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Visitors to the Smith College Museum of Art will have the chance to rest on 11 different works of art, each individually created by a distinguished New England artist. The newly commissioned pieces -- benches in wood, bronze and glass created through a project called "Sit Up & Take Notice!" -- are part of the museum's permanent collection. Unlike most works in the collection, however, they are meant to be touched -- indeed, sat upon.

The bench project is also intended to showcase New England's exceptional strength in the field of fine furniture making. According to Curator of Painting and Sculpture Linda Muehlig, "the fact that five of the participating artists live and maintain studios locally is a testament to the wealth of talent and high level of artistry in the Pioneer Valley." The Bench Artists Benches were created by Silas Kopf of Northampton, Mass.; Kristina Madsen of Southampton, Mass.; Judy Kensley McKie of Cambridge, Mass.; Rick Wrigley of Provincetown, Mass.; Rosanne Somerson of Westport, Mass.; Hank Gilpin of Lincoln, R.I.; Mark Del Guidice of Norwood, Mass.; Dale Broholm of Wellesley Hills, Mass.; Wendy Stayman of Conway, Mass.; Jason Berg of Florence, Mass.; and Polly Cassel of Northampton, Mass.

Polly Cassel traditionally works in two ways: either buying old pieces to embellish or creating new works that she carves or gouges to give them an old look. Vibrant colors and organic forms are often employed in her furniture. She has described her approach to her pieces as "characterized by volumetric forms, organic and hard-edge lines and surface embellishment." The Boston Globe has featured her work and she received an "outstanding achievement" award from the Society of Arts and Crafts in Boston. Her work has been exhibited in solo and many group shows at the Museum of Art, Rhode Island School of Design (from which she received the MFA degree in furniture design), the International Contemporary Furniture Fair in New York and elsewhere. Photograph by Jim Gipe.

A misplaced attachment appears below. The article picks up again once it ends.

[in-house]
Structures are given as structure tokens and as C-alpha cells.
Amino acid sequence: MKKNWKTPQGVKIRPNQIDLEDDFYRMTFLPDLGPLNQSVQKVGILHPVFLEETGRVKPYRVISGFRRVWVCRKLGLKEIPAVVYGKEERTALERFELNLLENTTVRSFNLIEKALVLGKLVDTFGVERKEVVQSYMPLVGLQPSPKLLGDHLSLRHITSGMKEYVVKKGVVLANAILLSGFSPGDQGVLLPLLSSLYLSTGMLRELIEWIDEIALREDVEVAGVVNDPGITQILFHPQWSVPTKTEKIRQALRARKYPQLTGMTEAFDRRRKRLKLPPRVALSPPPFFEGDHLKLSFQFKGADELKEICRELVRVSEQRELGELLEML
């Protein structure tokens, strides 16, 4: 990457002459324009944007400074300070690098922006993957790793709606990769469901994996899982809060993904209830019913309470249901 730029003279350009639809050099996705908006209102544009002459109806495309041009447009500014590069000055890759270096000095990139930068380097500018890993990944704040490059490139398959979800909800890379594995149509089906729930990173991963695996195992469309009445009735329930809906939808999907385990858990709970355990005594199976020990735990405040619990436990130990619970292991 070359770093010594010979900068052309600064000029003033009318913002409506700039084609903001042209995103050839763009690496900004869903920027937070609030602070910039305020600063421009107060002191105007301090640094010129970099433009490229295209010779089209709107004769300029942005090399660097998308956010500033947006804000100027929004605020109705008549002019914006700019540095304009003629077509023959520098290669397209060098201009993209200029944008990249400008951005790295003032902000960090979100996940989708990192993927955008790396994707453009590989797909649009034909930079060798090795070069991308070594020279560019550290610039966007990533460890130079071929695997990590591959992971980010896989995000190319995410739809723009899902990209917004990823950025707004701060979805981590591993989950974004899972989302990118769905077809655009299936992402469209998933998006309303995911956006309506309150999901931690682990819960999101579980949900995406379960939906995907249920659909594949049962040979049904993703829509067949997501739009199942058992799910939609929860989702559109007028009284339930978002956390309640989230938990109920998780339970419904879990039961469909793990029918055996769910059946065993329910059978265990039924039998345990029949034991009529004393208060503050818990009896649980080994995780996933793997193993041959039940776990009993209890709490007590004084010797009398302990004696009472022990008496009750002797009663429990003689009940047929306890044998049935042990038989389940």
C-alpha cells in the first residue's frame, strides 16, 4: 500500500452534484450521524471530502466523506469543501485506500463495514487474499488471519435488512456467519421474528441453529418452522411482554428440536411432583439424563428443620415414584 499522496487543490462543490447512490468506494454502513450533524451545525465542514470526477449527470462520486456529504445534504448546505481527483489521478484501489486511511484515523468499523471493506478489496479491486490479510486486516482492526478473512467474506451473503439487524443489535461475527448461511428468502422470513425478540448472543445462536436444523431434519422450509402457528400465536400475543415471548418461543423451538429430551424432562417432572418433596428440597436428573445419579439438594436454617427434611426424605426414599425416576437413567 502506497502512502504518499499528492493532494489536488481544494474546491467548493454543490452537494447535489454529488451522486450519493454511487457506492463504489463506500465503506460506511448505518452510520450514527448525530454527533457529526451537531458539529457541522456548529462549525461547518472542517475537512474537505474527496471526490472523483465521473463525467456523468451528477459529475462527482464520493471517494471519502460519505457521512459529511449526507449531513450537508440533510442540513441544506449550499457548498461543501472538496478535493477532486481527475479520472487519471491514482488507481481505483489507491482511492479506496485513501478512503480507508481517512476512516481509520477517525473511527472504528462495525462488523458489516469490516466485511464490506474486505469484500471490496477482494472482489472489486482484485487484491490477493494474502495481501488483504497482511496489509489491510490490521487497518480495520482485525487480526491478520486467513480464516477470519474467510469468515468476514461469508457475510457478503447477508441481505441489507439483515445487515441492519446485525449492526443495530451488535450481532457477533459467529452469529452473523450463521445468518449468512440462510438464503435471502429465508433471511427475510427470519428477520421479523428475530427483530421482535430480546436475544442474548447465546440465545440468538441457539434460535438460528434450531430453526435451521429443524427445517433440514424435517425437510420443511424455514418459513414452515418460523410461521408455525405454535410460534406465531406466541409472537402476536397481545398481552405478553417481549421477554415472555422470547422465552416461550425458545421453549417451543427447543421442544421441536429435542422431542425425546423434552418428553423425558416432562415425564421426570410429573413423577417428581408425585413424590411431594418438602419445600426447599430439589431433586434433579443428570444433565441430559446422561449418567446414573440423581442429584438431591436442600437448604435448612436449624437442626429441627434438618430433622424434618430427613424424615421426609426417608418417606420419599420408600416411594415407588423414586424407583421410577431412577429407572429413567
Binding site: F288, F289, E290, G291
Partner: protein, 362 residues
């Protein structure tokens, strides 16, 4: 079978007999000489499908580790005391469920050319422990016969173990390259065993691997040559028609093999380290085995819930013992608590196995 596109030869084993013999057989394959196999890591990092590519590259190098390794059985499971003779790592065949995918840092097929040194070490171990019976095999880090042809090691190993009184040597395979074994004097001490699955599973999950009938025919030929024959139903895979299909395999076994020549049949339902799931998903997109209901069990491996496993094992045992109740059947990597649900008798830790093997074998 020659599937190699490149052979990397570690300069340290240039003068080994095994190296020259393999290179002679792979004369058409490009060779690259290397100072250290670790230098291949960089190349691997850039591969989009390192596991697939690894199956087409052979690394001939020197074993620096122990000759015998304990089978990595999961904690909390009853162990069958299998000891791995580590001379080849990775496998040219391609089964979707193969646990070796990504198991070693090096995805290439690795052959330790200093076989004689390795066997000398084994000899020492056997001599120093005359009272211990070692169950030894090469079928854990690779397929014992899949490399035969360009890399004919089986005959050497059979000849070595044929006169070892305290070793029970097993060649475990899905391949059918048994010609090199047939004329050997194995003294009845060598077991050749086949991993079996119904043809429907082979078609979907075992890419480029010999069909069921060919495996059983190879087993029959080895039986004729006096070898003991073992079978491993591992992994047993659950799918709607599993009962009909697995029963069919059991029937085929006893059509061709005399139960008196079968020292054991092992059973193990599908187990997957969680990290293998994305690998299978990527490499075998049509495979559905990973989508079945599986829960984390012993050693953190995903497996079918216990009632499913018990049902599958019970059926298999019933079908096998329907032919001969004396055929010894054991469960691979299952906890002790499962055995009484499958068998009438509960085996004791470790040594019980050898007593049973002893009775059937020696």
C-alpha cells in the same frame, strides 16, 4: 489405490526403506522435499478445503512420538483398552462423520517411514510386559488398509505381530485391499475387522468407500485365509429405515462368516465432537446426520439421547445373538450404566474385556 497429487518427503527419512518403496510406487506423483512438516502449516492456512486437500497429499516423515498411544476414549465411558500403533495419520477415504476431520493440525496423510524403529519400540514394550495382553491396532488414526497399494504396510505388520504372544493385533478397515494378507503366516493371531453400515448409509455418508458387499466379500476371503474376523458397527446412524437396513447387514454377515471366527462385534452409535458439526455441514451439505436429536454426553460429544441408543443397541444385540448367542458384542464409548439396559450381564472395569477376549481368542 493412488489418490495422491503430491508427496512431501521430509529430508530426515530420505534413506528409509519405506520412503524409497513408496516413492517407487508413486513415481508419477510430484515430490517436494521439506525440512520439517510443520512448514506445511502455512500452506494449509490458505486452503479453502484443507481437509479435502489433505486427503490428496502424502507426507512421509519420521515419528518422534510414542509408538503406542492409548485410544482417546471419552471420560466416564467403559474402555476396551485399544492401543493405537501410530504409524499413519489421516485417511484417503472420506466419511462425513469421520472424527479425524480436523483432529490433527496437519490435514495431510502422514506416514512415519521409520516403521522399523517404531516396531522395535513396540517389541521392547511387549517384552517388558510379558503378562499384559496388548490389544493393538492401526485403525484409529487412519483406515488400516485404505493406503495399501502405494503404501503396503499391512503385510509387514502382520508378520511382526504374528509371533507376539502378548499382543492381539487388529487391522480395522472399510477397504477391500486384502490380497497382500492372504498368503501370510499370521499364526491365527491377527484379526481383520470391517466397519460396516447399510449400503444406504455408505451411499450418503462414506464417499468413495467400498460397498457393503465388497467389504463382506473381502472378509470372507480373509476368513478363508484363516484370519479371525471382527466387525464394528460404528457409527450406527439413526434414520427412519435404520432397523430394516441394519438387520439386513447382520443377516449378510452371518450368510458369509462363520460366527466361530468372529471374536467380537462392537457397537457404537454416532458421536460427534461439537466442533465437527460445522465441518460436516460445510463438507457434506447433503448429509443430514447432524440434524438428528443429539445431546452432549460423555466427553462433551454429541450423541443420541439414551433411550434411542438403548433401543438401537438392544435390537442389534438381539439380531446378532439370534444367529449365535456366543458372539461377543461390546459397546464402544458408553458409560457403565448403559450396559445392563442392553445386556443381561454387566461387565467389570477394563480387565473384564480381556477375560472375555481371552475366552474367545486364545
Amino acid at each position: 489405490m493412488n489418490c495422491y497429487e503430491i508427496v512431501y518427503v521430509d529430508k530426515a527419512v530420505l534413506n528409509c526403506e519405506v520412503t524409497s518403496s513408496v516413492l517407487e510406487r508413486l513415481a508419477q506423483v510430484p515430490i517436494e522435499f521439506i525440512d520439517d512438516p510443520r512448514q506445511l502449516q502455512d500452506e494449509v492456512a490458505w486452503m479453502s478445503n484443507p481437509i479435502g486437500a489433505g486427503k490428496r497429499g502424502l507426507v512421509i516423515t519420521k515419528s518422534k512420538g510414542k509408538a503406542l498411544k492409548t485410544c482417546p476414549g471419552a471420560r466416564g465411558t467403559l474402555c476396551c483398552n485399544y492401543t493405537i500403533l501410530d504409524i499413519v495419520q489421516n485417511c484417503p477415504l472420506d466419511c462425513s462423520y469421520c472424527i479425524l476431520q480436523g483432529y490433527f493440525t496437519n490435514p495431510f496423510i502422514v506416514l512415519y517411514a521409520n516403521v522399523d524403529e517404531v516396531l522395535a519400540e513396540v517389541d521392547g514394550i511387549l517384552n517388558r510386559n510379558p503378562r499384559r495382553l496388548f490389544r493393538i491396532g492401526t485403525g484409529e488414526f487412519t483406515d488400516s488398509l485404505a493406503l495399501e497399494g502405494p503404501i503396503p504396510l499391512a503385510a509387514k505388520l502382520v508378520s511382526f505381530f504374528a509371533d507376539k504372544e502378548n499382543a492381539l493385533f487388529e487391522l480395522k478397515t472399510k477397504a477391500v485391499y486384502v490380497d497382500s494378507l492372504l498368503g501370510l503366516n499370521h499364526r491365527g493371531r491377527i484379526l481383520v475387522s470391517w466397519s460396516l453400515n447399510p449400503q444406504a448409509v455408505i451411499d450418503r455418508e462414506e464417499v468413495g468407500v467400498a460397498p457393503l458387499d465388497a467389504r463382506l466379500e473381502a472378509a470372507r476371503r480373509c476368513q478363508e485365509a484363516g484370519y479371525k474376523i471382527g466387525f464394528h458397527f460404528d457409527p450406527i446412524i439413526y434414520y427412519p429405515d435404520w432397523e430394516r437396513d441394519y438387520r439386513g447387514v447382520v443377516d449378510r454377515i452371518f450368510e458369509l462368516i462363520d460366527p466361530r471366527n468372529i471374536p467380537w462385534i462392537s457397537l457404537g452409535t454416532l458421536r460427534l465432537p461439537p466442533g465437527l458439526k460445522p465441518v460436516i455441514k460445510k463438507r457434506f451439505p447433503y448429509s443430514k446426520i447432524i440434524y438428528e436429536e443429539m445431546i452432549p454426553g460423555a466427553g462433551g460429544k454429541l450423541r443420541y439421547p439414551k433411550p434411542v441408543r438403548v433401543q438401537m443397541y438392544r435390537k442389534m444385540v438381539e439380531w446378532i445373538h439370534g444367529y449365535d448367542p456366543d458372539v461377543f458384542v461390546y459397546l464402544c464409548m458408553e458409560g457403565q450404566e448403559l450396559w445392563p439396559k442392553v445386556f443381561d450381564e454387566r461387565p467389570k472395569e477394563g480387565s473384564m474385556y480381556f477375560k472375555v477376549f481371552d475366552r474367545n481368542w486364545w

Silas Kopf is known throughout the woodworking world for his expertise in creating decorative designs or "paintings" from pieces of wood veneer. His work has been exhibited nationally and is also held in private collections. Most recently Kopf designed the veneer for a grand piano for Steinway & Sons. His techniques include the cutting and assembling of tiny pieces of wood from all over the world. Among them are satinwood, bubinga, ash, rosewood and maple. When the delicate, thin sections of wood are fitted together to create an image, the contrast of the different colors and patterns creates a sense of three-dimensionality. The furniture Kopf designs becomes a canvas for his mosaic artistry. It may take up to several hundred pieces of wood to cover a single square foot. A picture that other artists may produce with a paintbrush, Kopf creates with the intricate composition of small pieces of wood. Photograph by Jim Gipe.

New Features of the
Renovated Museum

Museum Restrooms
as Functional Art

Museum Benches
Celebrate New
England Artistry

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